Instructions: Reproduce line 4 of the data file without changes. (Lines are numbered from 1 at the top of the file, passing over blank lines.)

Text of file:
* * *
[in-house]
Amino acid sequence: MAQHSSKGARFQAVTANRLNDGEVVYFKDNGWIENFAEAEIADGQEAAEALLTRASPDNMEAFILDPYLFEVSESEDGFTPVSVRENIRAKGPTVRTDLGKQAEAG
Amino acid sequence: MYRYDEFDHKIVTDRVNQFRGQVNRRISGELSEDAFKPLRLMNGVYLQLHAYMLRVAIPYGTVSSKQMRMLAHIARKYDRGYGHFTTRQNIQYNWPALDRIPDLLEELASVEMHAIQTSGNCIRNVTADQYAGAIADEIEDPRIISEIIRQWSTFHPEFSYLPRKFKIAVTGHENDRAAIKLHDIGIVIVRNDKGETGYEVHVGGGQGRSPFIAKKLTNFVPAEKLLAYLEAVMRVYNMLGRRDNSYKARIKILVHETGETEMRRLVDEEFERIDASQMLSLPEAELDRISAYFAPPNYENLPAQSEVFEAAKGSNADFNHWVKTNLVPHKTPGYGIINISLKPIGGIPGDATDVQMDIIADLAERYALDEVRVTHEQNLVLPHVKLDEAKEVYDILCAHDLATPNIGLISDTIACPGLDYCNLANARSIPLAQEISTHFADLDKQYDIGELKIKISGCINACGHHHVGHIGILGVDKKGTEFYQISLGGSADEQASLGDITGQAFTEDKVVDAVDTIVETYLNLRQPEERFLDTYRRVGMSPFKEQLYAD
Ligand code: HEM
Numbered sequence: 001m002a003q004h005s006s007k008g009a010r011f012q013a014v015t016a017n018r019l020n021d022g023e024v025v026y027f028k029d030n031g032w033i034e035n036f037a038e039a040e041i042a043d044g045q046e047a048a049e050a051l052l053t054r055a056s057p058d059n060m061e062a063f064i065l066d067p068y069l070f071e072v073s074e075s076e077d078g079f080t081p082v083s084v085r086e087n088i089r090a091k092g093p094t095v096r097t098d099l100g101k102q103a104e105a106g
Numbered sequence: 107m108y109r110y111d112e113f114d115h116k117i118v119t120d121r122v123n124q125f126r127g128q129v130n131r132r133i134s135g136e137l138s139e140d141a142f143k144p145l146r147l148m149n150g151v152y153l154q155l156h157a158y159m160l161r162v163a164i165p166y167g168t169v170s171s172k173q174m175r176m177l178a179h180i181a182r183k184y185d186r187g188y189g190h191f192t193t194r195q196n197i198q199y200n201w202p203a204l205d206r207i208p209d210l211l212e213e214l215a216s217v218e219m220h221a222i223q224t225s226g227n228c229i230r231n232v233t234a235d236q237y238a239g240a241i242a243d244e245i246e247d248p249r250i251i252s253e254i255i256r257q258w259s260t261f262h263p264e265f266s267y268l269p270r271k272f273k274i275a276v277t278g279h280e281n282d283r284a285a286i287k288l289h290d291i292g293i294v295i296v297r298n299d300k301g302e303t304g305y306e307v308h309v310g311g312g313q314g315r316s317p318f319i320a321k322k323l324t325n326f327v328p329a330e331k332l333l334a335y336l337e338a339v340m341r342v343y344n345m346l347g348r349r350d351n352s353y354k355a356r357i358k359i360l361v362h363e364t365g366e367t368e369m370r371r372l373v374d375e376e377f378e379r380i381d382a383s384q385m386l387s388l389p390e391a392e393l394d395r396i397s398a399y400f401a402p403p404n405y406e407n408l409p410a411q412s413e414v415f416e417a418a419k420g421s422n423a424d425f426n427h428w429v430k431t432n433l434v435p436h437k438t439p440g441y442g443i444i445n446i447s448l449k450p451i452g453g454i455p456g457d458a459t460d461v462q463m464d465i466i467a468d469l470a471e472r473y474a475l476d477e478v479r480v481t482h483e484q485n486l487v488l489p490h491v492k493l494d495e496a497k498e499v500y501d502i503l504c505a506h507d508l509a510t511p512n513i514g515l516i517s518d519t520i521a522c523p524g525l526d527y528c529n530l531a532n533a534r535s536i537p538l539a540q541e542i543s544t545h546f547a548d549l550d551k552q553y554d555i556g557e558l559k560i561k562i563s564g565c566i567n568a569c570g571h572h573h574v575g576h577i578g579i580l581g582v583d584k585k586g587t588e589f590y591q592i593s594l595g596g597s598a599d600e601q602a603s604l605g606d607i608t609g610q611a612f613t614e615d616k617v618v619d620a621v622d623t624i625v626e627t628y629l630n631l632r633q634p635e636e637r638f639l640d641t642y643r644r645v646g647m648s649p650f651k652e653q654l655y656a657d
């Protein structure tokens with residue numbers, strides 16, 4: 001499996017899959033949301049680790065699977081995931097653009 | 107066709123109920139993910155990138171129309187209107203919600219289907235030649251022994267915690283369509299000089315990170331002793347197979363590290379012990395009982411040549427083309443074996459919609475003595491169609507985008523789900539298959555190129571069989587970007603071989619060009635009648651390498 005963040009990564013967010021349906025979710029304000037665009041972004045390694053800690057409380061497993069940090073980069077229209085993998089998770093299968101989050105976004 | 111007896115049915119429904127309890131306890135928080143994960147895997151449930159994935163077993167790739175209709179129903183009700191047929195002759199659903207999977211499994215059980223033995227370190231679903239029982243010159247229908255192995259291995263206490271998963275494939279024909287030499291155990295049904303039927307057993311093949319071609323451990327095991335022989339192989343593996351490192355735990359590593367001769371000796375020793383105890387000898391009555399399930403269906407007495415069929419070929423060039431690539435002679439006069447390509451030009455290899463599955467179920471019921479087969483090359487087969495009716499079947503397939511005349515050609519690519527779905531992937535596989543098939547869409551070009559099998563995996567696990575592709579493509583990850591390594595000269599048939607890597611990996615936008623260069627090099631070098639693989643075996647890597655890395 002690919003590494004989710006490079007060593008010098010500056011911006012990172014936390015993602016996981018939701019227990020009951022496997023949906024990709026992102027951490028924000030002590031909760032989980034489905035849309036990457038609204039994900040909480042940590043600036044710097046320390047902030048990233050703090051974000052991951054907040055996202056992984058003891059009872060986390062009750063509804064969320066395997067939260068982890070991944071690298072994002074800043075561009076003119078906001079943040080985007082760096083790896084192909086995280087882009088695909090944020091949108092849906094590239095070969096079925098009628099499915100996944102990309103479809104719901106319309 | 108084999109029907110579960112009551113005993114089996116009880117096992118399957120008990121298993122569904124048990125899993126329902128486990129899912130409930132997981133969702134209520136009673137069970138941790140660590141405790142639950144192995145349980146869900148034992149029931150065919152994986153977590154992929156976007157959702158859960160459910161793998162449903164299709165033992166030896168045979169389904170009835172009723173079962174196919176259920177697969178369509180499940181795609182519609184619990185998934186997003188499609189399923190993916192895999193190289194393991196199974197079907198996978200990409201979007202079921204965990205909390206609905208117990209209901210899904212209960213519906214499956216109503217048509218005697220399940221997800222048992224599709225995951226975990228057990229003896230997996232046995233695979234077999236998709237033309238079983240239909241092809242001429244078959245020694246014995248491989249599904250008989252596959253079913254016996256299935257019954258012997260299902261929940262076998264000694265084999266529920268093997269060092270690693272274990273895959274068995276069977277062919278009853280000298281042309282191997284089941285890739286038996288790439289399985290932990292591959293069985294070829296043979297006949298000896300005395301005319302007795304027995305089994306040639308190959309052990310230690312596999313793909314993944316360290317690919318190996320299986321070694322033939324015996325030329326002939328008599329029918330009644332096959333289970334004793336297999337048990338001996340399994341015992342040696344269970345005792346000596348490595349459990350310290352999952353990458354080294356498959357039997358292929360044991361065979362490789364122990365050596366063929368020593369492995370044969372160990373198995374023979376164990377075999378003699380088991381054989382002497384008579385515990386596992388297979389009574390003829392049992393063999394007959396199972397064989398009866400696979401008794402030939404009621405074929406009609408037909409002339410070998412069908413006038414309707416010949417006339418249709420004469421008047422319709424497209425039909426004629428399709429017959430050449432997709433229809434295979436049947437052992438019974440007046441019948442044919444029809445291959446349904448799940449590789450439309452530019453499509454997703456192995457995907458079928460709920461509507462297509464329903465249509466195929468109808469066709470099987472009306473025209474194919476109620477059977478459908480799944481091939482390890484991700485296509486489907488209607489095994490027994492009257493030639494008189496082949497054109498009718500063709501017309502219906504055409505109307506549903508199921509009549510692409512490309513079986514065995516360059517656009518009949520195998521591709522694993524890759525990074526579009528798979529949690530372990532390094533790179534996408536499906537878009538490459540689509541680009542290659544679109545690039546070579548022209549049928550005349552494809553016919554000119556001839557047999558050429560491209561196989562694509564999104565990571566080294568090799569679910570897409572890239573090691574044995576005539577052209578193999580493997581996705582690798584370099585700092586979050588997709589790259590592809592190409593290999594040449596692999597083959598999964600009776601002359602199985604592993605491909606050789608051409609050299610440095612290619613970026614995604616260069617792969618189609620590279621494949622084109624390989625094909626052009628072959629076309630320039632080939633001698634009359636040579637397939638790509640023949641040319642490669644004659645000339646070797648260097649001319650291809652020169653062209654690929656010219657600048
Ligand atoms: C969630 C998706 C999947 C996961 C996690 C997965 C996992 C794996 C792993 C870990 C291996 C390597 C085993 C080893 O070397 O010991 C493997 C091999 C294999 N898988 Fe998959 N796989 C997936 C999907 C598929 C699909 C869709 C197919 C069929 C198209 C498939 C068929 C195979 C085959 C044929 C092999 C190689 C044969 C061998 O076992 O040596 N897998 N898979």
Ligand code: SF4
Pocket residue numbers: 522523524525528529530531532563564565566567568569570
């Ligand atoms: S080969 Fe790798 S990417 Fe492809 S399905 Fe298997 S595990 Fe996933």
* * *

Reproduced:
Ligand code: HEM